Staff at all levels have operated within a context of great uncertainty and all were assigned to one of the two new designate organisations towards the latter part of the business year. This staff transition process was imposed within a mandatory contract variation served upon the Trust as the employer. The National Probation Service will create new civil service roles for probation staff within seven divisions in England and Wales under the management of the Ministry of Justice and the National Offender Management Service. In addition twenty one community rehabilitation companies have been created, currently under the ownership of the Secretary of State, and it is intended that these will, in the future, be subject to commercial competition. As a consequence significant uncertainty remains for many staff.
The Trust has registered serious professional concerns about the fragmentation of rehabilitation and public protection services that we believe the Transforming Rehabilitation Programme introduces for the future safety of our local communities. These concerns remain unallayed and the Trust has delivered all of its contractual requirements in terms of delivering robust and timely exit arrangements."Nothing there for the Board to feel ashamed of saying, but NOMS didn't like elements of it. Frankly, we were extremely reserved.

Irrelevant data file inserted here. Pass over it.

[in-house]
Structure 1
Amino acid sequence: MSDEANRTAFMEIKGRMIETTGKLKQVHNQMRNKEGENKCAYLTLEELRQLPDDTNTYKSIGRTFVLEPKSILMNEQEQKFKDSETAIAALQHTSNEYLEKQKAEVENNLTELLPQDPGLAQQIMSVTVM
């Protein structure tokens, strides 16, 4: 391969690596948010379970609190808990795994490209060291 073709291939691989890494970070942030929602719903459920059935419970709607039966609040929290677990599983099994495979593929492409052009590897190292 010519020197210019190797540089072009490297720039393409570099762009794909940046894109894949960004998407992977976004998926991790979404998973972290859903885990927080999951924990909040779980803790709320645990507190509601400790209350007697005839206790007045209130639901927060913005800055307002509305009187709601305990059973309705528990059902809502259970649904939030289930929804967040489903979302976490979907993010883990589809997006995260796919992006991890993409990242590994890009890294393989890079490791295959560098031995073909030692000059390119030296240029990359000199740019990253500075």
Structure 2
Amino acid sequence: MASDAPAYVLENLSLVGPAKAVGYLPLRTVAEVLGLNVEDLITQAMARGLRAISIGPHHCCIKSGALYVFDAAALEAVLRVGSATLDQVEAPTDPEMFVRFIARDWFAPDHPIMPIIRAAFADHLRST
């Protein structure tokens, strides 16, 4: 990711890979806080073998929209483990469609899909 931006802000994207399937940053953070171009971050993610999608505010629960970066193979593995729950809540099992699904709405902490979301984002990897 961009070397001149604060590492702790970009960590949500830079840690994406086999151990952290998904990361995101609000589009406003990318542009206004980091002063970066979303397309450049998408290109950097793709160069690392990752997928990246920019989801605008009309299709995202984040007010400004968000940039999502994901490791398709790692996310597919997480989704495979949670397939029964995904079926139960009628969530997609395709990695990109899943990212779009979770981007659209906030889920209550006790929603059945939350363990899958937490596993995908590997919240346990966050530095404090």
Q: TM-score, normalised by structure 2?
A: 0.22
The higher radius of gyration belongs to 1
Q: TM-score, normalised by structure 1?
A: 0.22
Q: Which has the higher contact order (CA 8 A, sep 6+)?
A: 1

We also said the following:
"Our established partnership to deliver Integrated Offender Management has developed very positively throughout the year and the contribution this scheme has made to drastically reduced rates of serious acquisitive crime is testimony to the value of this joint agency approach. Our Integrated Offender Management Scheme targets cases both under statutory supervision and those not subject to any form of order or licence. Our partnership cohort therefore includes a significant number of carefully selected offenders being released from short term prison sentences. Our further joint venture in Bristol, deploying integrated approaches with dangerous offenders has yielded extremely encouraging early results.